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Good afternoon, and welcome to Globe Climate, a newsletter about climate change, environment and resources in Canada.

The sun’s warmth always gives us a smile. That’s because the sun is the largest source of energy on earth. And besides making us happy, the sun’s rays also power about 95 per cent of everything we do. The sun is also why the wind blows. It may surprise you, but the gasoline you put in your car also comes from the sun.

Appreciate the sun a little extra today and celebrate its starring role in our lives.

Let’s Talk Science and the Royal Society of Canada have partnered to provide Globe and Mail readers with relevant coverage about issues that affect us all – from education to the impact of leading-edge scientific discoveries.

Now, let’s catch you up on other news.

Noteworthy reporting this week:

  1. World: Unprecedented heat wave leaves Indian farmers devastated and desperate
  2. B.C. disasters: Ottawa confirms $416-million disaster payment to B.C. for last year’s wildfires
  3. Interview: Climate columnist Adam Radwanski speaks with Environment Minister Steven Guilbeault about setting national climate-change targets
  4. Energy: Parkland’s B.C. refinery plans $600-million expansion of renewable fuel production. Meanwhile, Alberta’s top court rules Ottawa’s environmental assessment law is unconstitutional
  5. From The Narwhal: Why Ontario’s plans to electrify GO Transit’s train lines are running late

A deeper dive

Rejigging the fishing supply chain

Lindsay Campbell is an Ottawa-based journalist whose work focuses mainly on food and farming’s intersection with the environment. For this week’s deeper dive, she speaks with two chefs turned fishmongers whose business, Affinity Fish, aims to better connect shoppers with their seafood.

In recent months, severe weather events have taken a toll on our food systems, diminishing supply and contributing to price hikes on groceries. We know this will continue as climate change runs its course. But the journey food takes before it reaches consumers is equally important to consider. What transpires at each pit stop through the supply chain can either alleviate or intensify the impacts of climate change.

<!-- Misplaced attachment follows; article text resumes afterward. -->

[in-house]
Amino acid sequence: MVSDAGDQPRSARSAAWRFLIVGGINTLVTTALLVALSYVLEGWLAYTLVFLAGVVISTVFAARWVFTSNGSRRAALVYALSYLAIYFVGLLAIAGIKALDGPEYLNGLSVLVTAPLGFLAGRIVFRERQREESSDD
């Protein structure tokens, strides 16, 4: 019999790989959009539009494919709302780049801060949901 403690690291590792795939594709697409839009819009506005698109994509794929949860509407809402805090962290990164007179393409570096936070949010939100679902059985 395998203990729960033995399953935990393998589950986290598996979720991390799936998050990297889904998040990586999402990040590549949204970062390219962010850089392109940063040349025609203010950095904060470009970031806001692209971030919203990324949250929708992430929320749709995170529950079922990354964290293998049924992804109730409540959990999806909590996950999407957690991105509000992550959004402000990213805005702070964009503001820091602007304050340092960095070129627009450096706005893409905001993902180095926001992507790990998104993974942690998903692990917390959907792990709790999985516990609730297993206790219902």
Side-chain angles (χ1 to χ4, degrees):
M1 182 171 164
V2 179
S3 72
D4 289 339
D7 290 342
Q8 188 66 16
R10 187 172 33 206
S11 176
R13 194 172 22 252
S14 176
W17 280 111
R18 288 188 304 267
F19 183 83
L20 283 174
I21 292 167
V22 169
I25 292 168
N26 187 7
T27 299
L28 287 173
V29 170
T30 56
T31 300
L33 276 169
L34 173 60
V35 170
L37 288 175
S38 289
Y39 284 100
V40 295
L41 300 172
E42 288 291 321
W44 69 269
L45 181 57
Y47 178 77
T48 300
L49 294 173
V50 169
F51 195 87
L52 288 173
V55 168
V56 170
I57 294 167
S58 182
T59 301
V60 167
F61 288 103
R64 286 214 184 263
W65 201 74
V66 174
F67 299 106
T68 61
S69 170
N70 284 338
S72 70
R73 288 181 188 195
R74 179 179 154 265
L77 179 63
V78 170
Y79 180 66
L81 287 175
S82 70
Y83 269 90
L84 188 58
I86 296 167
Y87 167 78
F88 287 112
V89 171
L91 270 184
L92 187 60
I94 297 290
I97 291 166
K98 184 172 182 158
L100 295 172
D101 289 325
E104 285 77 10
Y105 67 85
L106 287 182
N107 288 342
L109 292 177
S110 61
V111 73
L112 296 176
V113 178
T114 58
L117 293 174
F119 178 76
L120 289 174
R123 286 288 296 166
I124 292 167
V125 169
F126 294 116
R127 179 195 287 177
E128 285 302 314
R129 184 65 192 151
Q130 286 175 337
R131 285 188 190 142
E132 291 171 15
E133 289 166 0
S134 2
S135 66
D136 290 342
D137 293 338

Chefs turned fishmongers Jon Klip and Matt Taylor have spent nearly two years trying to build something they believe is better than the status quo for sourcing and selling local fish from the Great Lakes.

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Matt Taylor (left) and Jon Klip (right), stand for a photograph while fishing aboard the Benjamin-Charles fishing boat on Lake Huron off the shores of Southhampton, Ont.Ryan Carter/The Globe and Mail

In covering their efforts, I was struck by their genuine adoration and appreciation for fish as more than a food source. Mr. Klip’s apartment is stocked with fish books, and his walls are decorated with guides of freshwater and saltwater species. Mr. Taylor’s body is inked with several portraits of the gill-bearing animals onto his arms and legs. Conversations with both are like talking to fish encyclopedias.

Their philosophy to handle a product with care for optimal quality is no doubt informed by their training as chefs. But the thoughtfulness and attention to every detail in how that is executed is a result of their affinity for the product (as the name of their business, Affinity Fish, suggests).

There’s research that supports their work, showing that greater reliance on local freshwater fisheries has environmental benefits, and helps create stronger, sustainable food systems. This makes sense if we think about how many regional food systems stayed intact and were relied upon when the pandemic unravelled global supply chains. Mr. Klip and Mr. Taylor have also eliminated middlemen responsible for fuel-related gas emissions by transporting the fish to processing facility and then retailer.